The press got its first glimpse of President Joe Biden’s Oval Office on Wednesday, showing how in a matter of hours the office has visibly transformed in both dramatic and subtle ways to reflect the taste and politics of the officeholder.
Take a Look at Joe Biden’s Newly Decorated Oval Office
Most keep an eye on what’s happening inside the office — what agreements are made, what policies are announced and which foreign dignitaries stop by. But with every inch of the space on display, US presidents, their families and their staffs also meticulously choose which pieces of art are installed, what furniture is hauled in, and even which tchotchkes are placed on shelves.
Here’s how Biden has chosen to change the Oval Office.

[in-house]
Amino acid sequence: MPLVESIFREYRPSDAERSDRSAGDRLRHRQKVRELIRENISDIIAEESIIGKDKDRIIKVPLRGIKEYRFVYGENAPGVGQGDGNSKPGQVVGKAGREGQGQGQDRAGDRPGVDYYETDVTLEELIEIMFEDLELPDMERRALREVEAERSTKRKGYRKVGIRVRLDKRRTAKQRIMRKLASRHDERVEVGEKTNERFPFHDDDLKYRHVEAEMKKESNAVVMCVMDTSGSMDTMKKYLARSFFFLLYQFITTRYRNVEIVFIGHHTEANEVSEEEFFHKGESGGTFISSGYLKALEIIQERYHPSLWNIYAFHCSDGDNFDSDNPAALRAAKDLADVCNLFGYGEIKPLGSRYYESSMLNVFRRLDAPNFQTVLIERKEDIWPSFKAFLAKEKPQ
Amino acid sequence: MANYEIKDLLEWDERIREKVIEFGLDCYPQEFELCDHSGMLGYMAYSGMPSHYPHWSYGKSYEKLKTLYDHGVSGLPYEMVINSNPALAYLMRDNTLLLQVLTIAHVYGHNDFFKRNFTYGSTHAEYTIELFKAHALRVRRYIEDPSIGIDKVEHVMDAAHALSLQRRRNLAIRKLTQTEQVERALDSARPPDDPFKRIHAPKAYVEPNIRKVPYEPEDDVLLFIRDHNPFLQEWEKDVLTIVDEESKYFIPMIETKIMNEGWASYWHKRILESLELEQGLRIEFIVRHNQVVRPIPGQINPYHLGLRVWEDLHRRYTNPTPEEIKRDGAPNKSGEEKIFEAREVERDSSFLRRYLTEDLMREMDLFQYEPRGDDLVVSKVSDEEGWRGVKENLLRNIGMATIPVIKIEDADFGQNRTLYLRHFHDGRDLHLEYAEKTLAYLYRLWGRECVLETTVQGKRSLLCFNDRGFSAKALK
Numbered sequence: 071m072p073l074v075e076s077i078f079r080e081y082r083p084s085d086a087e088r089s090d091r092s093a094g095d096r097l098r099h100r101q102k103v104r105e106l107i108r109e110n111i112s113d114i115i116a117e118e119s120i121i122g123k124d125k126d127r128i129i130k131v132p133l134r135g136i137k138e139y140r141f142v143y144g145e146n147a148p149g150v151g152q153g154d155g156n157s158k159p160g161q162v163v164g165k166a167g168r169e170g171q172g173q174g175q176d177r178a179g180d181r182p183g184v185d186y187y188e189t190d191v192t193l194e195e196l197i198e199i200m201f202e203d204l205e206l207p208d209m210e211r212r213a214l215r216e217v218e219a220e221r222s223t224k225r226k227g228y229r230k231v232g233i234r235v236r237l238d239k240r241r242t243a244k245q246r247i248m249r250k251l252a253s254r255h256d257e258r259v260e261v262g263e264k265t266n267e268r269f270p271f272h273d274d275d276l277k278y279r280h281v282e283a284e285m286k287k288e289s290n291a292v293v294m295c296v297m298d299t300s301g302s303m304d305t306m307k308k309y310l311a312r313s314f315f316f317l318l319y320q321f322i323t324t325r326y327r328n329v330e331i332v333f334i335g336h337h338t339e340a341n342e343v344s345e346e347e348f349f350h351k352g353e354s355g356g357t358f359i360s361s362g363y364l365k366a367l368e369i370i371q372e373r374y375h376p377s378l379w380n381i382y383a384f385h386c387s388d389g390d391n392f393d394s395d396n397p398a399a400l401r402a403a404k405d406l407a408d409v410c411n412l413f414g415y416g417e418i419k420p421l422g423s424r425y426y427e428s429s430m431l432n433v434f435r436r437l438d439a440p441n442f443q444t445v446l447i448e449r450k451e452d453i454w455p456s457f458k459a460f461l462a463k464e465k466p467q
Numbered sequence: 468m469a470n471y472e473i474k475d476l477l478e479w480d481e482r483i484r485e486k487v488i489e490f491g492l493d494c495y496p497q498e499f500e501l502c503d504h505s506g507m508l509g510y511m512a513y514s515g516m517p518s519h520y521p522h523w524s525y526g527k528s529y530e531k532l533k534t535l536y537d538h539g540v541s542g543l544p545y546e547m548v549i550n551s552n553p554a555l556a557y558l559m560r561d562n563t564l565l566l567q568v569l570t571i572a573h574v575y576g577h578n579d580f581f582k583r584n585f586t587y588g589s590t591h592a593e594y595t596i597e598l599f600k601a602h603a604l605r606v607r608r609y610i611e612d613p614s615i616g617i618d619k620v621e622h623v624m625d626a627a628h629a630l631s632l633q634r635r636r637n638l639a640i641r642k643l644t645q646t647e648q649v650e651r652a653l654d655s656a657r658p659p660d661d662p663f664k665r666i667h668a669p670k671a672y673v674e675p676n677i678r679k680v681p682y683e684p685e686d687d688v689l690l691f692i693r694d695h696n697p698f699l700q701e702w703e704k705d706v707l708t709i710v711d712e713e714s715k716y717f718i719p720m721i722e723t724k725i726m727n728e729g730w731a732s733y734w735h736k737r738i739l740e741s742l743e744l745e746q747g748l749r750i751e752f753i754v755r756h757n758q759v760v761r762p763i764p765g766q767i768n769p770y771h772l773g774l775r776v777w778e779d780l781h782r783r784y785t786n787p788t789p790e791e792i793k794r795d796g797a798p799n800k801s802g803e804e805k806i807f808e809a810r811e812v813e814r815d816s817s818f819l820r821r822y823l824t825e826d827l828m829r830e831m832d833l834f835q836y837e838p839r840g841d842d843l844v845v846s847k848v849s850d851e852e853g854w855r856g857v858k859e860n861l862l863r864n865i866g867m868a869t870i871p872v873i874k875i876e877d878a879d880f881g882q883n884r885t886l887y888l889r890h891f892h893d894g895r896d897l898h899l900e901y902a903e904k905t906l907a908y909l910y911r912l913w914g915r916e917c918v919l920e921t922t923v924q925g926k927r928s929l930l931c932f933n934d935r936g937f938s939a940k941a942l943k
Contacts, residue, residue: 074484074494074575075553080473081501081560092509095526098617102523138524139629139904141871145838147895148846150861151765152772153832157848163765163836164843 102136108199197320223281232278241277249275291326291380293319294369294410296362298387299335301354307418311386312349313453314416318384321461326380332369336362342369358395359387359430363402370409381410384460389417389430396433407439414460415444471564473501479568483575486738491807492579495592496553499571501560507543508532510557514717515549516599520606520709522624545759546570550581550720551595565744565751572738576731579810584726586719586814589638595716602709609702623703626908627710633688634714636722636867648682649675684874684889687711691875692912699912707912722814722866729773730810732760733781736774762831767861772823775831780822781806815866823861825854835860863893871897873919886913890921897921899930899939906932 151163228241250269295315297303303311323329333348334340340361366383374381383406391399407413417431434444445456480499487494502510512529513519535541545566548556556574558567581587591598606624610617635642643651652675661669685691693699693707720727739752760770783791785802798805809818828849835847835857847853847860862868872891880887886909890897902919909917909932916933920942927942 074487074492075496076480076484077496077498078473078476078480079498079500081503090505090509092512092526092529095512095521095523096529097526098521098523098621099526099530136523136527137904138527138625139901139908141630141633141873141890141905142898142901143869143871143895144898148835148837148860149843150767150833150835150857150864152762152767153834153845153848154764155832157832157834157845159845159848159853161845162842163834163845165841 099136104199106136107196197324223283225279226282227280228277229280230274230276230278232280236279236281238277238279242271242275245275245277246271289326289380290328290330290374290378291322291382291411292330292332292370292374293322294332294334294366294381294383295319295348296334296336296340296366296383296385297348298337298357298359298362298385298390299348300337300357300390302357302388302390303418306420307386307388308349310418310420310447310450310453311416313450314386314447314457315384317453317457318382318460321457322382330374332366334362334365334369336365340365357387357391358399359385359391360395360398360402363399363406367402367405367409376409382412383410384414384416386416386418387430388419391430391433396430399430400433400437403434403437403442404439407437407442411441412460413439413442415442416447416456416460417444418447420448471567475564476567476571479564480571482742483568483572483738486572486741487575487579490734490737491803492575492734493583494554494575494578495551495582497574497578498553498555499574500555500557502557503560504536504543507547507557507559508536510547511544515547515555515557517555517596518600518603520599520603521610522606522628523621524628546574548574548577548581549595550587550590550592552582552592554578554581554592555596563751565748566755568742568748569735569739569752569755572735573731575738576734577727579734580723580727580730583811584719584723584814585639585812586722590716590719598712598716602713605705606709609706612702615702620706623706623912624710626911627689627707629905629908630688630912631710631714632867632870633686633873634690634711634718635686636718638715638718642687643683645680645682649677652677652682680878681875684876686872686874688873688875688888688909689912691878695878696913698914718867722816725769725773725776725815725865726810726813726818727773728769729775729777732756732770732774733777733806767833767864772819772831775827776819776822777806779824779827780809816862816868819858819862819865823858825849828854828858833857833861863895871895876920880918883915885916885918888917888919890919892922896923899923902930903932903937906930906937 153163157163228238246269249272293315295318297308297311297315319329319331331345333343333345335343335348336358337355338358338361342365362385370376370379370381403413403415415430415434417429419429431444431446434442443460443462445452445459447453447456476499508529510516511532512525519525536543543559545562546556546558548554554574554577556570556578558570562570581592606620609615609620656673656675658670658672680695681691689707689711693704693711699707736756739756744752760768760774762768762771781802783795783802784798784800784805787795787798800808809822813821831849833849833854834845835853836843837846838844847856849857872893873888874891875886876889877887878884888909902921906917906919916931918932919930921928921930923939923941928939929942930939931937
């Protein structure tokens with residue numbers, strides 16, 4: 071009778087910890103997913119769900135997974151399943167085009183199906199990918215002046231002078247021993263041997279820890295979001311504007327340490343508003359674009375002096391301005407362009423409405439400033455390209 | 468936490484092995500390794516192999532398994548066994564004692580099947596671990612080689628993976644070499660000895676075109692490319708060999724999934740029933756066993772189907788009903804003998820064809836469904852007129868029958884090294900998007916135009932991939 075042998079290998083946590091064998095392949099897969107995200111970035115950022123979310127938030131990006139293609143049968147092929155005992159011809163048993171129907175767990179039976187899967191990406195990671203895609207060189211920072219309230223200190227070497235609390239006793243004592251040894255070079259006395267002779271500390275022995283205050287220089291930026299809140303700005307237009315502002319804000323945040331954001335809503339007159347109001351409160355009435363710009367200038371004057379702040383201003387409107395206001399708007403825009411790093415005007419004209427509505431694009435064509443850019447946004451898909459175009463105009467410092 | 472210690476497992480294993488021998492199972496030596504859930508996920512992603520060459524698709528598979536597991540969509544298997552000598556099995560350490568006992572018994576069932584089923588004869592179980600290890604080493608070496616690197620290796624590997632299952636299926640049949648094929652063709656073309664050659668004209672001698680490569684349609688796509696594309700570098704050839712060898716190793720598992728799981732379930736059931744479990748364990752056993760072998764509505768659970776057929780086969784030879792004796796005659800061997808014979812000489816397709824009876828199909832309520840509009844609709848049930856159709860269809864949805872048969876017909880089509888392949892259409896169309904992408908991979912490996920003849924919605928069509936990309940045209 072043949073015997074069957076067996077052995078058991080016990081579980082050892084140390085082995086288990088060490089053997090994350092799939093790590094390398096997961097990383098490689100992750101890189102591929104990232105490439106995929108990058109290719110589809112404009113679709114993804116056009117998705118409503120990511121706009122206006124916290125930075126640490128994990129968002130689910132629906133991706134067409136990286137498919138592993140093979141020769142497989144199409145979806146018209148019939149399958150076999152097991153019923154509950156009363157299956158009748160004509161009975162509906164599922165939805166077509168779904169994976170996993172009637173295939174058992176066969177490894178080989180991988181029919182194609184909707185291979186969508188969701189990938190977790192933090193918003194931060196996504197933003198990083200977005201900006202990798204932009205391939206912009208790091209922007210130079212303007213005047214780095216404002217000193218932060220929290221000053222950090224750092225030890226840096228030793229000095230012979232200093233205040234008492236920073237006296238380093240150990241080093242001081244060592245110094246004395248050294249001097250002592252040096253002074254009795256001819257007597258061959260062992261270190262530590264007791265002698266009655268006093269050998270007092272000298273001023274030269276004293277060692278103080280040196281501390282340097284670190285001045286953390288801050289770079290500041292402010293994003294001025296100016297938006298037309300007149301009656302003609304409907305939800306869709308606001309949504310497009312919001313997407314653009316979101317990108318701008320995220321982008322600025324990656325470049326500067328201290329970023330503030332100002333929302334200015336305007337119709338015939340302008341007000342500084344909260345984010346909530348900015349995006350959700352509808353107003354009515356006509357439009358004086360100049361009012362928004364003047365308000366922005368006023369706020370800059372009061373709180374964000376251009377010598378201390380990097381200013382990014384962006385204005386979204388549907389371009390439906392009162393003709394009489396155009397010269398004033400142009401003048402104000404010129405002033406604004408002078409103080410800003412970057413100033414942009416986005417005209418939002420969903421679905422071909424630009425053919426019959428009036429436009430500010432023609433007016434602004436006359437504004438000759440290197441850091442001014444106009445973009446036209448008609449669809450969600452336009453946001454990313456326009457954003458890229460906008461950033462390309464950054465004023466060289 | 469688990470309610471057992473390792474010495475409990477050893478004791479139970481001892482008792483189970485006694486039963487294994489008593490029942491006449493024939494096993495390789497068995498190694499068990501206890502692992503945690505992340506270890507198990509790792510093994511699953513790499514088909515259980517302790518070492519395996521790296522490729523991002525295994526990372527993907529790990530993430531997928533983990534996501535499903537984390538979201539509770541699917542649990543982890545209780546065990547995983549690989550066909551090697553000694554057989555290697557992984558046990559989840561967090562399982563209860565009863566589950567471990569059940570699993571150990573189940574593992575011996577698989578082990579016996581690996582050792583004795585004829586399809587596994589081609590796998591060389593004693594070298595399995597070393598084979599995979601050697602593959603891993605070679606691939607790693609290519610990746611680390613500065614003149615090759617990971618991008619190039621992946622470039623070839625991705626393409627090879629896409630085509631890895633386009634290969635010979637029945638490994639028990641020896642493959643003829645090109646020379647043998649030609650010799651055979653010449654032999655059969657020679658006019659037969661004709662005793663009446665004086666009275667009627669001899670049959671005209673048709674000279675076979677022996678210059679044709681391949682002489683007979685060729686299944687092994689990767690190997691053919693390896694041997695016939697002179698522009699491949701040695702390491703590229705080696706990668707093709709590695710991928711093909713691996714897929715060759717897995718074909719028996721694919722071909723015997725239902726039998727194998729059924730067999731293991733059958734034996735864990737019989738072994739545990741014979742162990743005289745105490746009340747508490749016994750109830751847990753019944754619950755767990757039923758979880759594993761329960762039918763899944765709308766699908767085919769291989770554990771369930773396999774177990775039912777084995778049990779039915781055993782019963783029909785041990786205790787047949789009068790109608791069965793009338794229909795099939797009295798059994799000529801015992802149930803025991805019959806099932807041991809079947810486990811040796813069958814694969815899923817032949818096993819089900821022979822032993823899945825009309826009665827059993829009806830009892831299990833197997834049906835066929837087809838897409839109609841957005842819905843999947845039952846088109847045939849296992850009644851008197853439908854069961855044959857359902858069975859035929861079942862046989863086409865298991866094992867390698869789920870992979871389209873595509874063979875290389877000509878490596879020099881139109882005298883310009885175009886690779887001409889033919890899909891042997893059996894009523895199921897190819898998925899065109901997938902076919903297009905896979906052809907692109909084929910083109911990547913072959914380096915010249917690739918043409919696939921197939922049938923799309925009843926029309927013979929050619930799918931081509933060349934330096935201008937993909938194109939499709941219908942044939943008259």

A portrait of Andrew Jackson, to the left of the seat at the Resolute Desk, has been replaced with a portrait of Benjamin Franklin by Joseph Duplessis. Like other works routinely lent to the White House, the portrait appears to be on loan from the Smithsonian Institution’s National Gallery of Art.
Trump drew criticism in 2017 after holding an event in the Oval Office honoring Navajo veterans while standing in front of the portrait of Jackson — the President who signed legislation that eventually led to the “Trail of Tears.”
The Washington Post, which got a first look at the Oval’s new interior decorations, reported that the Franklin portrait and a nearby moon rock set are meant to represent Biden’s interest in science.
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